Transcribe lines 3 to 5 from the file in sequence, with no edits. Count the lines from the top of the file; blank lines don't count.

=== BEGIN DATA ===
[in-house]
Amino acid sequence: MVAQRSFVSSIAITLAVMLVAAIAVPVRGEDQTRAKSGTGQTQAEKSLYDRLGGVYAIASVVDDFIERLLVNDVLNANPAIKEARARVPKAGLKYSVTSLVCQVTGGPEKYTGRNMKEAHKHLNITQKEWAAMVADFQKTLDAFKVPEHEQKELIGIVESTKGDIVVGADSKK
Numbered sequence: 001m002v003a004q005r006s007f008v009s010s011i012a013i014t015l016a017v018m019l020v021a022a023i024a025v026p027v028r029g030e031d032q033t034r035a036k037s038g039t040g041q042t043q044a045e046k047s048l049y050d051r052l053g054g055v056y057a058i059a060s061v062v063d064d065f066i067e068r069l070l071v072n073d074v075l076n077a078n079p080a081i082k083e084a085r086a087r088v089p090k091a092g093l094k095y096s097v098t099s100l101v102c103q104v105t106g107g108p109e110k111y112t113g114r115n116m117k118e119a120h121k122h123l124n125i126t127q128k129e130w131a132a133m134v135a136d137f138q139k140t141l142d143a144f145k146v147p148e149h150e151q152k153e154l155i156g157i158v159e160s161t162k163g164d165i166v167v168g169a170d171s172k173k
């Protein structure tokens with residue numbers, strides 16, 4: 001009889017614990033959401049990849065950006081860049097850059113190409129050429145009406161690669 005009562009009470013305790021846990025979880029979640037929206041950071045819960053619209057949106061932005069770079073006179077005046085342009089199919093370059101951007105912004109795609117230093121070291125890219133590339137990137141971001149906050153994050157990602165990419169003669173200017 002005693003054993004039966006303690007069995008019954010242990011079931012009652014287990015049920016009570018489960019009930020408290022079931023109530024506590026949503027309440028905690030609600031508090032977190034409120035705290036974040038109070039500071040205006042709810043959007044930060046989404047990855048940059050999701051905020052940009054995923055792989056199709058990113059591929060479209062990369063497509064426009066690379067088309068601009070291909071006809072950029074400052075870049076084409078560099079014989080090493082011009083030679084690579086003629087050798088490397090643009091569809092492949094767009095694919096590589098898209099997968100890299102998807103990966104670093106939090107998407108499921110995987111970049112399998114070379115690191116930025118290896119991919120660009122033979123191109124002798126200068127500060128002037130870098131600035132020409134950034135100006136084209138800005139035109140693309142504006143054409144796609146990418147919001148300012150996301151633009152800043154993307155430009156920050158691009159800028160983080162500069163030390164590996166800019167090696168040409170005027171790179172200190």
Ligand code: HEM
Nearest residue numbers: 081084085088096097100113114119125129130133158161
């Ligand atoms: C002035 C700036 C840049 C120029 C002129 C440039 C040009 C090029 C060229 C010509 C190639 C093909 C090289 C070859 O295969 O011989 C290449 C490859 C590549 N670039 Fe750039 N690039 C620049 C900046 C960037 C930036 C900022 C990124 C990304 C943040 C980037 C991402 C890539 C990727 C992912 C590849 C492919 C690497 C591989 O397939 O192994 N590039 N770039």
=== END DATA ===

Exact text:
Numbered sequence: 001m002v003a004q005r006s007f008v009s010s011i012a013i014t015l016a017v018m019l020v021a022a023i024a025v026p027v028r029g030e031d032q033t034r035a036k037s038g039t040g041q042t043q044a045e046k047s048l049y050d051r052l053g054g055v056y057a058i059a060s061v062v063d064d065f066i067e068r069l070l071v072n073d074v075l076n077a078n079p080a081i082k083e084a085r086a087r088v089p090k091a092g093l094k095y096s097v098t099s100l101v102c103q104v105t106g107g108p109e110k111y112t113g114r115n116m117k118e119a120h121k122h123l124n125i126t127q128k129e130w131a132a133m134v135a136d137f138q139k140t141l142d143a144f145k146v147p148e149h150e151q152k153e154l155i156g157i158v159e160s161t162k163g164d165i166v167v168g169a170d171s172k173k
């Protein structure tokens with residue numbers, strides 16, 4: 001009889017614990033959401049990849065950006081860049097850059113190409129050429145009406161690669 005009562009009470013305790021846990025979880029979640037929206041950071045819960053619209057949106061932005069770079073006179077005046085342009089199919093370059101951007105912004109795609117230093121070291125890219133590339137990137141971001149906050153994050157990602165990419169003669173200017 002005693003054993004039966006303690007069995008019954010242990011079931012009652014287990015049920016009570018489960019009930020408290022079931023109530024506590026949503027309440028905690030609600031508090032977190034409120035705290036974040038109070039500071040205006042709810043959007044930060046989404047990855048940059050999701051905020052940009054995923055792989056199709058990113059591929060479209062990369063497509064426009066690379067088309068601009070291909071006809072950029074400052075870049076084409078560099079014989080090493082011009083030679084690579086003629087050798088490397090643009091569809092492949094767009095694919096590589098898209099997968100890299102998807103990966104670093106939090107998407108499921110995987111970049112399998114070379115690191116930025118290896119991919120660009122033979123191109124002798126200068127500060128002037130870098131600035132020409134950034135100006136084209138800005139035109140693309142504006143054409144796609146990418147919001148300012150996301151633009152800043154993307155430009156920050158691009159800028160983080162500069163030390164590996166800019167090696168040409170005027171790179172200190």
Ligand code: HEM